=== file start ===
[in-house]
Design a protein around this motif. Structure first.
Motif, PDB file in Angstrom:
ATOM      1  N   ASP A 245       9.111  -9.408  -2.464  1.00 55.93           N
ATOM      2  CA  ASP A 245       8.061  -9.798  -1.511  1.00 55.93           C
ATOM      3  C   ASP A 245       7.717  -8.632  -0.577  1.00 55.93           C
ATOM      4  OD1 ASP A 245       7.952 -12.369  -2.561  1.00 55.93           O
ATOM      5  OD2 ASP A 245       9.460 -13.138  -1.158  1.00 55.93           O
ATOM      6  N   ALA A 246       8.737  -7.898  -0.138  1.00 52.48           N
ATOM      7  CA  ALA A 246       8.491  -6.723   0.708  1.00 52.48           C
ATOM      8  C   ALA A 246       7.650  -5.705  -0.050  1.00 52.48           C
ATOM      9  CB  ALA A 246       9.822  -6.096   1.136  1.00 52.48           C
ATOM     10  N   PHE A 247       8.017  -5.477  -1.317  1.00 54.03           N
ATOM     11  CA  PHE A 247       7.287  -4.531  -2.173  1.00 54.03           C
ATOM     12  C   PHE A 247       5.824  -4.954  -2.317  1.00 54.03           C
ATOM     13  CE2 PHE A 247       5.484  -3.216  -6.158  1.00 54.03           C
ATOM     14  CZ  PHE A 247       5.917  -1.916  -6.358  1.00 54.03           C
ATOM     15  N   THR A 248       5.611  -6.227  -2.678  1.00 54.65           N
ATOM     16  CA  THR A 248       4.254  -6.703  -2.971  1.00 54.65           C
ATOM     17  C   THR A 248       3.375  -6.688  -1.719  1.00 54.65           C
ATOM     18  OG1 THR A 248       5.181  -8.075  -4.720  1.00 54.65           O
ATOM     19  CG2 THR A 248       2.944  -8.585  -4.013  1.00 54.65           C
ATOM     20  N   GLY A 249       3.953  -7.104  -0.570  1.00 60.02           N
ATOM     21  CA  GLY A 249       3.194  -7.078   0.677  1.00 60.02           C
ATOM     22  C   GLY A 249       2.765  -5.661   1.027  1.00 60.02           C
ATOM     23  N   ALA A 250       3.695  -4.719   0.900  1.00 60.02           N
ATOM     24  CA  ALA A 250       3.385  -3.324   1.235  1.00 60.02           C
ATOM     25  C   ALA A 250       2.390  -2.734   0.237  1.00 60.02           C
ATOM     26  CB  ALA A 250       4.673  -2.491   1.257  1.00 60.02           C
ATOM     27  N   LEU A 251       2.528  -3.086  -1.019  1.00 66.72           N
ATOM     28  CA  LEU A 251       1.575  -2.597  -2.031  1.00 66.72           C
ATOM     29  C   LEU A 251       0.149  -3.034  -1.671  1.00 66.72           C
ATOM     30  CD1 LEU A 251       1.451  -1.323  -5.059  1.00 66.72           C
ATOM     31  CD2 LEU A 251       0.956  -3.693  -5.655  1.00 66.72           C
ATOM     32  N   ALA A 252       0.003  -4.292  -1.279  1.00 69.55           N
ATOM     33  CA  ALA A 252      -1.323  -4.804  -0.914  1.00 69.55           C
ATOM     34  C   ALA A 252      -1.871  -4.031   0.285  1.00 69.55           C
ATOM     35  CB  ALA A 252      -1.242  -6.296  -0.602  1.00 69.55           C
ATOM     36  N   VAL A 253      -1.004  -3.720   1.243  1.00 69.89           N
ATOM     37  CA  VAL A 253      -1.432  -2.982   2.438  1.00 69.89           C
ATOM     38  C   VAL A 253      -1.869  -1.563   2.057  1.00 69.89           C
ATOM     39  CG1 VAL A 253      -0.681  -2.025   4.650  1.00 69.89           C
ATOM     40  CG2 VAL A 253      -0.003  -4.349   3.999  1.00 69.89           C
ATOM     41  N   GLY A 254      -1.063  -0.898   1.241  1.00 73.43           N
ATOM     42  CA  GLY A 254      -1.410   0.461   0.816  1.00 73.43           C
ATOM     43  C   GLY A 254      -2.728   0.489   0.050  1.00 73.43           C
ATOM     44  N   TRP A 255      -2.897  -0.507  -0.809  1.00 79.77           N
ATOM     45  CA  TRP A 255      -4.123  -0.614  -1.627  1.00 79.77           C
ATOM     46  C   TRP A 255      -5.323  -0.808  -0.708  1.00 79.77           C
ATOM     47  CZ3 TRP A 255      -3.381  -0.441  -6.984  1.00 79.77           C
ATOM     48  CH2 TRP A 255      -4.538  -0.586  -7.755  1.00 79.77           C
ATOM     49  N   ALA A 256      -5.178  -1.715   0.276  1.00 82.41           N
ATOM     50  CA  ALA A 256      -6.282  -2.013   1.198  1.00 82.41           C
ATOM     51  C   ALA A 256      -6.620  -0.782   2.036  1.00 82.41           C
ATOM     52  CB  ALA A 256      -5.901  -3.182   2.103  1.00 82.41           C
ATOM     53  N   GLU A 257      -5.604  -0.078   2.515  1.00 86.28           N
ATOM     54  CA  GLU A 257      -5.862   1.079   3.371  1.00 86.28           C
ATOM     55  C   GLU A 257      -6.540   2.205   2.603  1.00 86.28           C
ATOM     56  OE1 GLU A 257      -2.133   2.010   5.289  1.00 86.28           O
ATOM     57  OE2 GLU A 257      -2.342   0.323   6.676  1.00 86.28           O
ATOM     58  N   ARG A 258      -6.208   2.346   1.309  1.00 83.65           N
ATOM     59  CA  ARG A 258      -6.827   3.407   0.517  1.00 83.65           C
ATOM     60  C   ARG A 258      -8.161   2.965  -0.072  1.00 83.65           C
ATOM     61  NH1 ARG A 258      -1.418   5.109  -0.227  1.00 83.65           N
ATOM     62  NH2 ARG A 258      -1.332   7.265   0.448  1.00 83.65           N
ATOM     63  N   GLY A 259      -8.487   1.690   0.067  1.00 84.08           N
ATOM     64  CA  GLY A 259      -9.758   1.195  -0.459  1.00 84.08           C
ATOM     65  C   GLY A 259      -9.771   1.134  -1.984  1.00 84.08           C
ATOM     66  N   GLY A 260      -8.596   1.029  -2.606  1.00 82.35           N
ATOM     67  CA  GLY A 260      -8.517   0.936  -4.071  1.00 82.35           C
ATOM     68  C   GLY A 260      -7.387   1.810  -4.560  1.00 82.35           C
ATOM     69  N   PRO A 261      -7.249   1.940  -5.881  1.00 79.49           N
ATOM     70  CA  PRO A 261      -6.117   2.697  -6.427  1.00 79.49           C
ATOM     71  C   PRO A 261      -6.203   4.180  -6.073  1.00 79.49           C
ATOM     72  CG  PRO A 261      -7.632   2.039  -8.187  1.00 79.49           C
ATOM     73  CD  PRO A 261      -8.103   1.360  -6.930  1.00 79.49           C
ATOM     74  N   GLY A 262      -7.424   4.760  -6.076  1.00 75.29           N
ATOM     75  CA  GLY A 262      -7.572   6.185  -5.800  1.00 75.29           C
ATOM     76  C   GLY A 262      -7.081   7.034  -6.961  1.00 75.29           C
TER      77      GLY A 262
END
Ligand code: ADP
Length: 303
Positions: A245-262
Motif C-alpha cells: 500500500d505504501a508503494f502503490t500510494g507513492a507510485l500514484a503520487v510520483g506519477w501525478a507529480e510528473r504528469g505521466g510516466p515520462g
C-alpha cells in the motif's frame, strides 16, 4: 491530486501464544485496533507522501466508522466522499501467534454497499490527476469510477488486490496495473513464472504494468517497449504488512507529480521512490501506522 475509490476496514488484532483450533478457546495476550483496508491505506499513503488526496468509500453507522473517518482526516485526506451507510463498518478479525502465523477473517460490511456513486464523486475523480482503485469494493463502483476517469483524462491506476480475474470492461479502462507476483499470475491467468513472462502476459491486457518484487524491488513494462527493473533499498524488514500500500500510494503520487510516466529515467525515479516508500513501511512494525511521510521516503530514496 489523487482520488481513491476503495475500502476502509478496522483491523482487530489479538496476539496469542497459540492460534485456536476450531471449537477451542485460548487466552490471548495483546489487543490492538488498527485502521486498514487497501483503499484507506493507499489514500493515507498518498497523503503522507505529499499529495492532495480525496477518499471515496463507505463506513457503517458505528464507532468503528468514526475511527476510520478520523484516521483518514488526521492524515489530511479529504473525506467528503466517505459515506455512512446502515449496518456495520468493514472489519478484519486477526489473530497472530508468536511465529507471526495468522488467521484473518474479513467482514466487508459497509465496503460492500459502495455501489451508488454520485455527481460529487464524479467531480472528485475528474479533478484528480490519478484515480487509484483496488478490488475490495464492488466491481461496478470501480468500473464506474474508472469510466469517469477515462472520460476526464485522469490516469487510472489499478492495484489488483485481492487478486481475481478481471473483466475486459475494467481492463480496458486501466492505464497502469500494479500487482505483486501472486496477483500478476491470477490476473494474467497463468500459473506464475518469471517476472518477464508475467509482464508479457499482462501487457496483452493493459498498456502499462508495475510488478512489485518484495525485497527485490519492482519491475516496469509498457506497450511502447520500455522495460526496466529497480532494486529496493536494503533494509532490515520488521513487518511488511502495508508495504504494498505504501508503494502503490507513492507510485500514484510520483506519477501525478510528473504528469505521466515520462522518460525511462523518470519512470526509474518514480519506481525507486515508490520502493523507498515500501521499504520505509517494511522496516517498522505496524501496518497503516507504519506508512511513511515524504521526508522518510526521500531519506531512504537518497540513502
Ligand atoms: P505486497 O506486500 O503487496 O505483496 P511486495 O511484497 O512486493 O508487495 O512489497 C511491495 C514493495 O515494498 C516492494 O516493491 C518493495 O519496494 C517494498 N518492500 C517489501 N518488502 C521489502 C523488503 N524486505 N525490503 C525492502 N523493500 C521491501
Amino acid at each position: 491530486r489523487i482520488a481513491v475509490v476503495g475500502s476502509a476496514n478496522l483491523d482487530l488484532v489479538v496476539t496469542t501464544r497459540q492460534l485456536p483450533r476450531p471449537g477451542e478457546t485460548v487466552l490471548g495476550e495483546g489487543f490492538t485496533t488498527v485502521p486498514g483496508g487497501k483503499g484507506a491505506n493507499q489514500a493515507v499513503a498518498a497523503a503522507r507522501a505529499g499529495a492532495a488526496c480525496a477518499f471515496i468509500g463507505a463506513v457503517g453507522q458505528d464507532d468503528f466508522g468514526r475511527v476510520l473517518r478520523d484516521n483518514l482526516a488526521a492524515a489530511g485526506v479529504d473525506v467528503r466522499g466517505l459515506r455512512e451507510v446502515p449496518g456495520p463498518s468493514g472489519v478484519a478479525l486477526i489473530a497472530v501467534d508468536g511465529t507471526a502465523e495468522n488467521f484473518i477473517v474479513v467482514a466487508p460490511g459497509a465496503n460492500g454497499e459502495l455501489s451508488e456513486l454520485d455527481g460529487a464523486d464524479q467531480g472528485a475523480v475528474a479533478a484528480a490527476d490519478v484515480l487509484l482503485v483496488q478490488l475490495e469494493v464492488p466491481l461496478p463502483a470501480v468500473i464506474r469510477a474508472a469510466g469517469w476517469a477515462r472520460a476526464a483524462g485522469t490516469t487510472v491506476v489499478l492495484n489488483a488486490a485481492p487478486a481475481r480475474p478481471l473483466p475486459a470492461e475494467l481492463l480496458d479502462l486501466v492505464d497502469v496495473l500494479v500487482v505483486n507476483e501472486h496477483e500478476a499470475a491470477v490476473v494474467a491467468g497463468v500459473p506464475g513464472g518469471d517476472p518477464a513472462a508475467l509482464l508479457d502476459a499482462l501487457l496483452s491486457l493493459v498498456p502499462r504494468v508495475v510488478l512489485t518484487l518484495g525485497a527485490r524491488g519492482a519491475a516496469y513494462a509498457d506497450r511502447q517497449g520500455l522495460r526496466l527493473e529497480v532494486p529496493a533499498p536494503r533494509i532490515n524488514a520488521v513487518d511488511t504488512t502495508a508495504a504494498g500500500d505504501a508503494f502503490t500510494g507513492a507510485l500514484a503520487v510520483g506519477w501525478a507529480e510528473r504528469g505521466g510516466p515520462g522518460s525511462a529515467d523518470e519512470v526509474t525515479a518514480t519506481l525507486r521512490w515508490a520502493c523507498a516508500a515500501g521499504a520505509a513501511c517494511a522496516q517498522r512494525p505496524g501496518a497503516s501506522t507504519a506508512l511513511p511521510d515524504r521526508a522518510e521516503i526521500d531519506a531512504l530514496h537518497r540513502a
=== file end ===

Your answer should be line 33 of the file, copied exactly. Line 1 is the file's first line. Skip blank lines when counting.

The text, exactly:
ATOM     30  CD1 LEU A 251       1.451  -1.323  -5.059  1.00 66.72           C